Our son is two years old. He is interested in video games, but too young to play them. We limit, but don’t prevent, his exposure to all media, from Sesame Street to video games. He loves watching the “mushroom game”, and giggled heartily when he watched our characters getting blown up by bombs in another rather cartoony game (Little Big Planet).

    I know the effect of violent and nonviolent media on me. I am an avid reader, movie watcher, music listener, etc. All of my media consumption increases the richness of my thoughts.

    We got a reminder of the difference in effect on our two year old son the other day at a friend’s house. She was showing off her new entertainment center, and put on Lord of the Rings. Our son watched for a minute, but suddenly became extremely upset, and we thought that it was probably because of the loud noises and the looks of fear on the actors’ faces.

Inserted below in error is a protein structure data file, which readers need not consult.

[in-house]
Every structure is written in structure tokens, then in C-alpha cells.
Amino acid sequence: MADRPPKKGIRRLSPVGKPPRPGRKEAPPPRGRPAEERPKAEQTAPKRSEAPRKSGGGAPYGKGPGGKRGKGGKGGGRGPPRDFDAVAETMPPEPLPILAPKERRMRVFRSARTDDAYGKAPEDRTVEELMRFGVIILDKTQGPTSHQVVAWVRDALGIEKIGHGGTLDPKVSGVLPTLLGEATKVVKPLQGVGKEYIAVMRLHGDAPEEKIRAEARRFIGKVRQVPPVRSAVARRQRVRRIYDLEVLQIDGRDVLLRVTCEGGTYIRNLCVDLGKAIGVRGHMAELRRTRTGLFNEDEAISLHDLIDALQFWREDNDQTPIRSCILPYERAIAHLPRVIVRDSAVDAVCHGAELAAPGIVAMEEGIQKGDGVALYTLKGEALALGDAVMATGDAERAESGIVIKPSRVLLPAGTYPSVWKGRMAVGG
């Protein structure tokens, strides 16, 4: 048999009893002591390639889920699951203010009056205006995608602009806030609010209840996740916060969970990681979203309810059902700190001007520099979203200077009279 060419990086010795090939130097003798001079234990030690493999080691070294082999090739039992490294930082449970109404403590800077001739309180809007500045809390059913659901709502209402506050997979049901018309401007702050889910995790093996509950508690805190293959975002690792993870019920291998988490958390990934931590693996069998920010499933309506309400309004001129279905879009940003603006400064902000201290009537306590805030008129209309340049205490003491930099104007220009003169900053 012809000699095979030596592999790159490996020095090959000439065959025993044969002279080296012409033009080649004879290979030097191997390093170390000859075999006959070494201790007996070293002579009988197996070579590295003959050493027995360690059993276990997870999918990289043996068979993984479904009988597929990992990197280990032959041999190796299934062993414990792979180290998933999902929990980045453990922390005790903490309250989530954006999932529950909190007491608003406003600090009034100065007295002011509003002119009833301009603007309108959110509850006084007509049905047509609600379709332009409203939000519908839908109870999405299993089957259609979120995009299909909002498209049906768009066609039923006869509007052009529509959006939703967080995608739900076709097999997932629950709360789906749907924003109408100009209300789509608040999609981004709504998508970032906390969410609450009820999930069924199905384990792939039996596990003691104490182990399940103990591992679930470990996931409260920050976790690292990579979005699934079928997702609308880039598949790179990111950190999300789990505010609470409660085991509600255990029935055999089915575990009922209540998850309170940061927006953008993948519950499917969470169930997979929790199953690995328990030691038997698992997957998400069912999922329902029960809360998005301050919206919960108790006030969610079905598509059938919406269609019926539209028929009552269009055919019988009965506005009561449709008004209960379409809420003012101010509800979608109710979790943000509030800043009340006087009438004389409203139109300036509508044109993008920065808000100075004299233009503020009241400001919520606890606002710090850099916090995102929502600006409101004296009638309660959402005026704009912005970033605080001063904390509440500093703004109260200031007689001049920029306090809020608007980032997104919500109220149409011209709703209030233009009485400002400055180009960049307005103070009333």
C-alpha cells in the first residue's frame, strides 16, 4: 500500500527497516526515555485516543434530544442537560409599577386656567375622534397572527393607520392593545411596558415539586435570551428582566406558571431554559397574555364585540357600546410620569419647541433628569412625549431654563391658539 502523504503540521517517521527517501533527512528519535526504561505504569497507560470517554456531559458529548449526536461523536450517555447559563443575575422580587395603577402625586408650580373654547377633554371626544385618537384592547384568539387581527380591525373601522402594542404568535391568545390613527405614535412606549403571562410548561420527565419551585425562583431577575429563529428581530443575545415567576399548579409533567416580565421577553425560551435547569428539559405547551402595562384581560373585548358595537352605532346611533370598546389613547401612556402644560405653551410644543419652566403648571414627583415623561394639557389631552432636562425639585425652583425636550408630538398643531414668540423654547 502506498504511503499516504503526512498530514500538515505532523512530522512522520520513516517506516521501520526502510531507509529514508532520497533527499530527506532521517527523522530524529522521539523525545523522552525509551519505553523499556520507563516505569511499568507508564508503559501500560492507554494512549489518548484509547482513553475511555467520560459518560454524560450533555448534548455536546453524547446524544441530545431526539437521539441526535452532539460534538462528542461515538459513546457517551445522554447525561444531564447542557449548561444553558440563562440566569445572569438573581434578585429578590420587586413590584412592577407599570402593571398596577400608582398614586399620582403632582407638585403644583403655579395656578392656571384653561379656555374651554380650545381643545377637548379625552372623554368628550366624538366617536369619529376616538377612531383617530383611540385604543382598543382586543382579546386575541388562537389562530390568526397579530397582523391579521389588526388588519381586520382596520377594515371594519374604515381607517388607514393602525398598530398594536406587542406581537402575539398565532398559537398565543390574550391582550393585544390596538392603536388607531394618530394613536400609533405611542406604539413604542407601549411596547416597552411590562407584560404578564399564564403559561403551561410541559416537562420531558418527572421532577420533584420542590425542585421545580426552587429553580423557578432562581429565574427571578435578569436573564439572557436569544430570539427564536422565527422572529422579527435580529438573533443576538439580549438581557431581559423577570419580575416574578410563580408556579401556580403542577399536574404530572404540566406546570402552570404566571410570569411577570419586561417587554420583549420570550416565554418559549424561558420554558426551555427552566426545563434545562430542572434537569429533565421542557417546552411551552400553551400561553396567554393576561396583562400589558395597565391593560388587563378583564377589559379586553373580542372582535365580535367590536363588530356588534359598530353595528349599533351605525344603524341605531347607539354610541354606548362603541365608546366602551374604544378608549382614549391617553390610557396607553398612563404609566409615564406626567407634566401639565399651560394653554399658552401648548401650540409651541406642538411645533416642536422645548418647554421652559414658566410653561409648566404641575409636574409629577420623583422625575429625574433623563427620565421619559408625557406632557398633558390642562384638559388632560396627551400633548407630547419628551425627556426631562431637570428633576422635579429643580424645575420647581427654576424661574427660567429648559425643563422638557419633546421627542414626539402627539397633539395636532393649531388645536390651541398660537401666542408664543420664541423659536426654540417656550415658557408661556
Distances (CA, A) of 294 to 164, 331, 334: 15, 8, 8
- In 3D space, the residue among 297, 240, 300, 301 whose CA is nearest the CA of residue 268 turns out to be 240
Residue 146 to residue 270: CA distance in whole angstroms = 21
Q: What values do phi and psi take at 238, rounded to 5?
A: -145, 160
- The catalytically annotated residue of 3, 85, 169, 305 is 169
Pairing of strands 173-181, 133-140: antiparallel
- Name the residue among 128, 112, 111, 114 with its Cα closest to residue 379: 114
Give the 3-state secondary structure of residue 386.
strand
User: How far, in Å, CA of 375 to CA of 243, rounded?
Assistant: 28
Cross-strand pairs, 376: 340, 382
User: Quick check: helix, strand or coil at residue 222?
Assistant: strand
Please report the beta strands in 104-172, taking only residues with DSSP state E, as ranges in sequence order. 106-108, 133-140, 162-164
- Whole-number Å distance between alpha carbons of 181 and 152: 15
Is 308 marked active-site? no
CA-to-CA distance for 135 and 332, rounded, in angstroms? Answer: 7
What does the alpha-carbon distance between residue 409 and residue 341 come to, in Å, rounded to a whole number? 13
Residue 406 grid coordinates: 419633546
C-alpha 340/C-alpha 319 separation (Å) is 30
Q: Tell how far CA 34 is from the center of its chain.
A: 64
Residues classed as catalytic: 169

Seventeen year old kids are quite another matter from our two year old. They are learning self reliance, and must be able to make decisions for themselves. I would no sooner limit an older teenager’s access to violent video games than I would to violent literature. However, I would talk with them about the balance between entertainment and work/school/chores. :)

    p.s. I don’t really care for Halo, but a couple of other very violent games that I think are brilliant (because of their depth of story and incredible art) are: Bioshock and Dead Space.

  2. My synopsis is that violent kids will be violent kids, blaming video games is as accurate as blaming D&D, music the parent doesn’t like, television, or anything else, this is a lot of opinion that is not backed by any real factual data.
    The article you posted is clearly opinion, the author even states this. I then read the articles she referred to (http://www.dana.org/news/cerebrum/detail.aspx?id=22800).